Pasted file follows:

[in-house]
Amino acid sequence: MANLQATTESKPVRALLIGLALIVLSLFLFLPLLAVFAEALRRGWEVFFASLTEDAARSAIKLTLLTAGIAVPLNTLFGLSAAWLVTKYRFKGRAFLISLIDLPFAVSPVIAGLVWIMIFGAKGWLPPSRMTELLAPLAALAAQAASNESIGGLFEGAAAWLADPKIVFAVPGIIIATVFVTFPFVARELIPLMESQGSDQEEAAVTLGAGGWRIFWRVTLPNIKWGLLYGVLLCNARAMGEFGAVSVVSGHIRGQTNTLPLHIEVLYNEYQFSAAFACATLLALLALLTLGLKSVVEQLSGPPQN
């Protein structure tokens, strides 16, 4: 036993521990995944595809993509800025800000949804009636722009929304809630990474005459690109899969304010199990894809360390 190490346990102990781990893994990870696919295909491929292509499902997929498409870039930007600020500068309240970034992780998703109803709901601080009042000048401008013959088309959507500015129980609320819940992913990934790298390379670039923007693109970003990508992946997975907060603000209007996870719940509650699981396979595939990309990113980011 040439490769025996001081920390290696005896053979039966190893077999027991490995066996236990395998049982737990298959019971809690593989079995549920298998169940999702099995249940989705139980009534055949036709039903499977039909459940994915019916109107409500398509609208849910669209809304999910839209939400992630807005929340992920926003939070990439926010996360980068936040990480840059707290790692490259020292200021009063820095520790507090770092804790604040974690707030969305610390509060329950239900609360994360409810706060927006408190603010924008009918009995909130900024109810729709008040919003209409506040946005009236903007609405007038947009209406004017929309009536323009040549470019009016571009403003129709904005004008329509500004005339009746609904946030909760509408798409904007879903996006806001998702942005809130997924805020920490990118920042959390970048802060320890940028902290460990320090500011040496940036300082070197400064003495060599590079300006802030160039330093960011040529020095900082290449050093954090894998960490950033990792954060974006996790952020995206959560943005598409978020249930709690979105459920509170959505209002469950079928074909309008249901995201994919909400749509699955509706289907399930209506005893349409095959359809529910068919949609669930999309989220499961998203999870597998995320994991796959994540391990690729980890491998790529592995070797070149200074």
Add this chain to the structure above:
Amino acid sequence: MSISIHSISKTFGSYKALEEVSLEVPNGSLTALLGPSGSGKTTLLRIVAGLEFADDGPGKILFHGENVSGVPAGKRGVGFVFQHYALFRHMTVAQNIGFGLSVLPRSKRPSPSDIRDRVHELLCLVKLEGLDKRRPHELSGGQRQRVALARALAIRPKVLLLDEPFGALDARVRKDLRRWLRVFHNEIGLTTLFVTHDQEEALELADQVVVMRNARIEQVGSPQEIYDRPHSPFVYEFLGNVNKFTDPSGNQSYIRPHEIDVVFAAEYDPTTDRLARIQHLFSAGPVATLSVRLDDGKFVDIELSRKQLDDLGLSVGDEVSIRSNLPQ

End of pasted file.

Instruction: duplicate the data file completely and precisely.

[in-house]
Amino acid sequence: MANLQATTESKPVRALLIGLALIVLSLFLFLPLLAVFAEALRRGWEVFFASLTEDAARSAIKLTLLTAGIAVPLNTLFGLSAAWLVTKYRFKGRAFLISLIDLPFAVSPVIAGLVWIMIFGAKGWLPPSRMTELLAPLAALAAQAASNESIGGLFEGAAAWLADPKIVFAVPGIIIATVFVTFPFVARELIPLMESQGSDQEEAAVTLGAGGWRIFWRVTLPNIKWGLLYGVLLCNARAMGEFGAVSVVSGHIRGQTNTLPLHIEVLYNEYQFSAAFACATLLALLALLTLGLKSVVEQLSGPPQN
């Protein structure tokens, strides 16, 4: 036993521990995944595809993509800025800000949804009636722009929304809630990474005459690109899969304010199990894809360390 190490346990102990781990893994990870696919295909491929292509499902997929498409870039930007600020500068309240970034992780998703109803709901601080009042000048401008013959088309959507500015129980609320819940992913990934790298390379670039923007693109970003990508992946997975907060603000209007996870719940509650699981396979595939990309990113980011 040439490769025996001081920390290696005896053979039966190893077999027991490995066996236990395998049982737990298959019971809690593989079995549920298998169940999702099995249940989705139980009534055949036709039903499977039909459940994915019916109107409500398509609208849910669209809304999910839209939400992630807005929340992920926003939070990439926010996360980068936040990480840059707290790692490259020292200021009063820095520790507090770092804790604040974690707030969305610390509060329950239900609360994360409810706060927006408190603010924008009918009995909130900024109810729709008040919003209409506040946005009236903007609405007038947009209406004017929309009536323009040549470019009016571009403003129709904005004008329509500004005339009746609904946030909760509408798409904007879903996006806001998702942005809130997924805020920490990118920042959390970048802060320890940028902290460990320090500011040496940036300082070197400064003495060599590079300006802030160039330093960011040529020095900082290449050093954090894998960490950033990792954060974006996790952020995206959560943005598409978020249930709690979105459920509170959505209002469950079928074909309008249901995201994919909400749509699955509706289907399930209506005893349409095959359809529910068919949609669930999309989220499961998203999870597998995320994991796959994540391990690729980890491998790529592995070797070149200074």
Add this chain to the structure above:
Amino acid sequence: MSISIHSISKTFGSYKALEEVSLEVPNGSLTALLGPSGSGKTTLLRIVAGLEFADDGPGKILFHGENVSGVPAGKRGVGFVFQHYALFRHMTVAQNIGFGLSVLPRSKRPSPSDIRDRVHELLCLVKLEGLDKRRPHELSGGQRQRVALARALAIRPKVLLLDEPFGALDARVRKDLRRWLRVFHNEIGLTTLFVTHDQEEALELADQVVVMRNARIEQVGSPQEIYDRPHSPFVYEFLGNVNKFTDPSGNQSYIRPHEIDVVFAAEYDPTTDRLARIQHLFSAGPVATLSVRLDDGKFVDIELSRKQLDDLGLSVGDEVSIRSNLPQ